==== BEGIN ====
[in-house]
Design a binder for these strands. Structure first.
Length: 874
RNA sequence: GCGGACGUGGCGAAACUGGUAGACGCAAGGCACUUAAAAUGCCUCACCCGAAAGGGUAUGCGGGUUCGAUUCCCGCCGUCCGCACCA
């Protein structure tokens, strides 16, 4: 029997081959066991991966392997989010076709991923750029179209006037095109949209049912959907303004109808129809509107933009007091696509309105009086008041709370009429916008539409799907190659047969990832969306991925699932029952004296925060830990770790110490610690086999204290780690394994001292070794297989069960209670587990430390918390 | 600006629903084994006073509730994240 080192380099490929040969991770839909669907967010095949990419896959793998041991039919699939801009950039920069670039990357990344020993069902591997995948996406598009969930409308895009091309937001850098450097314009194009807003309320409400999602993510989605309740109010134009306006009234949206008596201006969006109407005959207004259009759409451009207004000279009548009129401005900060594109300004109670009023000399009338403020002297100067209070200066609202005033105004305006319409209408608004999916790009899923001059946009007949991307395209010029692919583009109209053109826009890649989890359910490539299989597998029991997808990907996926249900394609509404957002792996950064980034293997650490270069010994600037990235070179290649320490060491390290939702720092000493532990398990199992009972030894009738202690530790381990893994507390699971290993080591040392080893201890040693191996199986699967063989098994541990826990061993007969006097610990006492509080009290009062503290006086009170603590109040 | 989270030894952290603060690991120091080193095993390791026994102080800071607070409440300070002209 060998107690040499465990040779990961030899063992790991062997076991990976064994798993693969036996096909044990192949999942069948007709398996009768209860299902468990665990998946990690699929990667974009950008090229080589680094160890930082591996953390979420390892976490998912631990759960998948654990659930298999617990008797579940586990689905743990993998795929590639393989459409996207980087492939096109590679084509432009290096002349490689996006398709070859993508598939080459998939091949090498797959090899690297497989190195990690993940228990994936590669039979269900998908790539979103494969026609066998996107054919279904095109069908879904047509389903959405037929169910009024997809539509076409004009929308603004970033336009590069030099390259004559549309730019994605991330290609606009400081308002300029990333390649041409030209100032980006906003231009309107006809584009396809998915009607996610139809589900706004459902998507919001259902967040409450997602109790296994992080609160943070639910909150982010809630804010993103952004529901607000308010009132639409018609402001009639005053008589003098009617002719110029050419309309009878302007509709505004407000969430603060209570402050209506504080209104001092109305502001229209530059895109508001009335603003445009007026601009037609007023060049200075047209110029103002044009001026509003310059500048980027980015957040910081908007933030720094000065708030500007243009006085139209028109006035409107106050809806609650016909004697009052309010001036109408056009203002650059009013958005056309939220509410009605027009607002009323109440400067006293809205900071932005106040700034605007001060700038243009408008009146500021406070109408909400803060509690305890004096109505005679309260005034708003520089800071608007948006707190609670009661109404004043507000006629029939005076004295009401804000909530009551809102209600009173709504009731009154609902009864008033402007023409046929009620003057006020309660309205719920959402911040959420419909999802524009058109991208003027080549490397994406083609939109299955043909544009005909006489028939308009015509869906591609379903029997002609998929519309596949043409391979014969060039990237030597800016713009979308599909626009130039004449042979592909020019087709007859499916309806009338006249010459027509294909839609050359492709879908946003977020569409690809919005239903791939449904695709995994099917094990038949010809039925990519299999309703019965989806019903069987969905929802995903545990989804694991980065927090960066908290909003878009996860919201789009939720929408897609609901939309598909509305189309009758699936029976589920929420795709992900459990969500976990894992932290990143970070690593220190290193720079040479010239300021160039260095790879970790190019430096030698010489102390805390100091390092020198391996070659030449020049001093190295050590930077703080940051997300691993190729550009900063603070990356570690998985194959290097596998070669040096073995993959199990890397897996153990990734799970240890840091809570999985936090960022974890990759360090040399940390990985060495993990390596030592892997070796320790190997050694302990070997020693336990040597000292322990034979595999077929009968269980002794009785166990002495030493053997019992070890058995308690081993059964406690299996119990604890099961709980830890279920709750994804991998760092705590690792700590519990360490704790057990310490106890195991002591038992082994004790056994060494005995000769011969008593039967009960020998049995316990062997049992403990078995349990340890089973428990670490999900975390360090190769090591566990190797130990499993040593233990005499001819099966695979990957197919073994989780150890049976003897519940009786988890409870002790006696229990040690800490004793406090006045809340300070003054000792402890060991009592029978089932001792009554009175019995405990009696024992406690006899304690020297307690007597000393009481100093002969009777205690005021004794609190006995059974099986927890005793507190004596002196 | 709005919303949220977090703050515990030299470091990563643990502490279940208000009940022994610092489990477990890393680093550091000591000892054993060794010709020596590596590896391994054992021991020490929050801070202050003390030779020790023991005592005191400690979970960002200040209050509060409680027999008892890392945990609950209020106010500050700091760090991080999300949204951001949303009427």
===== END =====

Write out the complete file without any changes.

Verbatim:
[in-house]
Design a binder for these strands. Structure first.
Length: 874
RNA sequence: GCGGACGUGGCGAAACUGGUAGACGCAAGGCACUUAAAAUGCCUCACCCGAAAGGGUAUGCGGGUUCGAUUCCCGCCGUCCGCACCA
């Protein structure tokens, strides 16, 4: 029997081959066991991966392997989010076709991923750029179209006037095109949209049912959907303004109808129809509107933009007091696509309105009086008041709370009429916008539409799907190659047969990832969306991925699932029952004296925060830990770790110490610690086999204290780690394994001292070794297989069960209670587990430390918390 | 600006629903084994006073509730994240 080192380099490929040969991770839909669907967010095949990419896959793998041991039919699939801009950039920069670039990357990344020993069902591997995948996406598009969930409308895009091309937001850098450097314009194009807003309320409400999602993510989605309740109010134009306006009234949206008596201006969006109407005959207004259009759409451009207004000279009548009129401005900060594109300004109670009023000399009338403020002297100067209070200066609202005033105004305006319409209408608004999916790009899923001059946009007949991307395209010029692919583009109209053109826009890649989890359910490539299989597998029991997808990907996926249900394609509404957002792996950064980034293997650490270069010994600037990235070179290649320490060491390290939702720092000493532990398990199992009972030894009738202690530790381990893994507390699971290993080591040392080893201890040693191996199986699967063989098994541990826990061993007969006097610990006492509080009290009062503290006086009170603590109040 | 989270030894952290603060690991120091080193095993390791026994102080800071607070409440300070002209 060998107690040499465990040779990961030899063992790991062997076991990976064994798993693969036996096909044990192949999942069948007709398996009768209860299902468990665990998946990690699929990667974009950008090229080589680094160890930082591996953390979420390892976490998912631990759960998948654990659930298999617990008797579940586990689905743990993998795929590639393989459409996207980087492939096109590679084509432009290096002349490689996006398709070859993508598939080459998939091949090498797959090899690297497989190195990690993940228990994936590669039979269900998908790539979103494969026609066998996107054919279904095109069908879904047509389903959405037929169910009024997809539509076409004009929308603004970033336009590069030099390259004559549309730019994605991330290609606009400081308002300029990333390649041409030209100032980006906003231009309107006809584009396809998915009607996610139809589900706004459902998507919001259902967040409450997602109790296994992080609160943070639910909150982010809630804010993103952004529901607000308010009132639409018609402001009639005053008589003098009617002719110029050419309309009878302007509709505004407000969430603060209570402050209506504080209104001092109305502001229209530059895109508001009335603003445009007026601009037609007023060049200075047209110029103002044009001026509003310059500048980027980015957040910081908007933030720094000065708030500007243009006085139209028109006035409107106050809806609650016909004697009052309010001036109408056009203002650059009013958005056309939220509410009605027009607002009323109440400067006293809205900071932005106040700034605007001060700038243009408008009146500021406070109408909400803060509690305890004096109505005679309260005034708003520089800071608007948006707190609670009661109404004043507000006629029939005076004295009401804000909530009551809102209600009173709504009731009154609902009864008033402007023409046929009620003057006020309660309205719920959402911040959420419909999802524009058109991208003027080549490397994406083609939109299955043909544009005909006489028939308009015509869906591609379903029997002609998929519309596949043409391979014969060039990237030597800016713009979308599909626009130039004449042979592909020019087709007859499916309806009338006249010459027509294909839609050359492709879908946003977020569409690809919005239903791939449904695709995994099917094990038949010809039925990519299999309703019965989806019903069987969905929802995903545990989804694991980065927090960066908290909003878009996860919201789009939720929408897609609901939309598909509305189309009758699936029976589920929420795709992900459990969500976990894992932290990143970070690593220190290193720079040479010239300021160039260095790879970790190019430096030698010489102390805390100091390092020198391996070659030449020049001093190295050590930077703080940051997300691993190729550009900063603070990356570690998985194959290097596998070669040096073995993959199990890397897996153990990734799970240890840091809570999985936090960022974890990759360090040399940390990985060495993990390596030592892997070796320790190997050694302990070997020693336990040597000292322990034979595999077929009968269980002794009785166990002495030493053997019992070890058995308690081993059964406690299996119990604890099961709980830890279920709750994804991998760092705590690792700590519990360490704790057990310490106890195991002591038992082994004790056994060494005995000769011969008593039967009960020998049995316990062997049992403990078995349990340890089973428990670490999900975390360090190769090591566990190797130990499993040593233990005499001819099966695979990957197919073994989780150890049976003897519940009786988890409870002790006696229990040690800490004793406090006045809340300070003054000792402890060991009592029978089932001792009554009175019995405990009696024992406690006899304690020297307690007597000393009481100093002969009777205690005021004794609190006995059974099986927890005793507190004596002196 | 709005919303949220977090703050515990030299470091990563643990502490279940208000009940022994610092489990477990890393680093550091000591000892054993060794010709020596590596590896391994054992021991020490929050801070202050003390030779020790023991005592005191400690979970960002200040209050509060409680027999008892890392945990609950209020106010500050700091760090991080999300949204951001949303009427």